Getting the Huawei E153 modem working on Mac is not difficult.
The Huawei E153 is a 3.5G HSDPA USB modem. Where I live, it is the most common USB modem offered for sale by mobile operators and third parties. Being ubiquitous, I obtained a used one for free and eventually got it working on my Mac box.
When inserted into a computer running macOS, a Finder window opens to show that the modem’s memory contains a proprietary control application by Huawei. Naturally it is an old version that dates from the modem’s manufacturing date. A quick web search turned up Huawei’s current version which is available for download at no cost. What this application brings to the table it the ability to read, send, and administer SMS messages.
I briefly used this control application to connect and disconnect the modem. It does the job, but it interferes with my VPN (openVPN, administered by Tunnelblick) so I’ve moved on to using Mac’s native controls to connect and disconnect the modem. This is described below.
Insert the modem into a USB port. Open System Preferences – Network. Press
+ to create a new entry, selecting “Huawei Mobile-” from the Interface drop-down and press Create. The new device will now appear in the list of devices on the left. Select it; it’s configuration will appear on the right. Non-default settings I changed were:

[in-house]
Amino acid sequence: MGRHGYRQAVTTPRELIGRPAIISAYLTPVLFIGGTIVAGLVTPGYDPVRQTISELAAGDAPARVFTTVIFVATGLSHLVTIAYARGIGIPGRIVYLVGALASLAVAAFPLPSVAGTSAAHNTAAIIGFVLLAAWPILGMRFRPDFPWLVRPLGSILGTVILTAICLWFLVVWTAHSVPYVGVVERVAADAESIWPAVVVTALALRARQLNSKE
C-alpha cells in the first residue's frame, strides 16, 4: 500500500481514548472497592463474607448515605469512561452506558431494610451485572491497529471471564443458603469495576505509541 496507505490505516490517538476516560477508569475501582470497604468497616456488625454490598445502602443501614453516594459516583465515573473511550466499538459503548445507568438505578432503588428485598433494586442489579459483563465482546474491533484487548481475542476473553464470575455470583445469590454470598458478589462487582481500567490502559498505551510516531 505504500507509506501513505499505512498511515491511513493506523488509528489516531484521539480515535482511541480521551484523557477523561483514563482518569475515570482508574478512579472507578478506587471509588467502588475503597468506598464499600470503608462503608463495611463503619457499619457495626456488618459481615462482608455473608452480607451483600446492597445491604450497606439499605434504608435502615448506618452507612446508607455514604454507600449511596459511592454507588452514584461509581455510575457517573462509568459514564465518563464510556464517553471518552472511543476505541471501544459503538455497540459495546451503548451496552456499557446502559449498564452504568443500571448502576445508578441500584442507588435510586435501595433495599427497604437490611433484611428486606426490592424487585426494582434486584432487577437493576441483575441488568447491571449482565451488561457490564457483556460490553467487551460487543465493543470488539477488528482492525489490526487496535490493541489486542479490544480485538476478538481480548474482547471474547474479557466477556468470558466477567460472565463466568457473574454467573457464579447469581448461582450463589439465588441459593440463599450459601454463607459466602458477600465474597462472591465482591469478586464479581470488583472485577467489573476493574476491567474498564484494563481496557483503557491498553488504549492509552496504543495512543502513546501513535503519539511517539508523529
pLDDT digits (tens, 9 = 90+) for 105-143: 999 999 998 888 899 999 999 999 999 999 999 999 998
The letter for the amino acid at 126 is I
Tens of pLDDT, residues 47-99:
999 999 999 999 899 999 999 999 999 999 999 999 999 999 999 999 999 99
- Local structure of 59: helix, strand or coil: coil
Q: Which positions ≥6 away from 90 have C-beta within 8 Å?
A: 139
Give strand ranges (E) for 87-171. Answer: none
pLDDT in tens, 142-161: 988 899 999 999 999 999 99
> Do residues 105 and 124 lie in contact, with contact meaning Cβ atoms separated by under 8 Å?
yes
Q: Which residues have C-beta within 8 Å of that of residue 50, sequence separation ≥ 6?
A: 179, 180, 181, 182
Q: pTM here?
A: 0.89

- Telephone Number: *99#
- Account Name: webmegatel
- Password: webmegatet
- Advanced – Modem – Vendor: Generic
- Advanced – Modem – Model: GPRS (GSM/3G)
- APN: web.megatel.hn
Press OK to leave the Advanced window, and back on the Network window press Apply.
- An activated data plan with your mobile operator
- The modem inserted as described above
Open System Preferences – Network, select the modem, and press Connect. The button will change to Disconnect; press it to finish.
I understand from the web that this and many USB modems are sold SIM locked. Because I use the same mobile operator that originally sold the modem, I had no need to confirm or deal with that.
The modem has a Micro SD slot, but it works fine without a memory card. Indeed, I’m unsure what a memory card brings to the table here.
The modem has a multicolored status light:
- blinking green: initial startup
- green: connected; strong signal
- blue: connected; weak signal
- blinking blue: not connected or no signal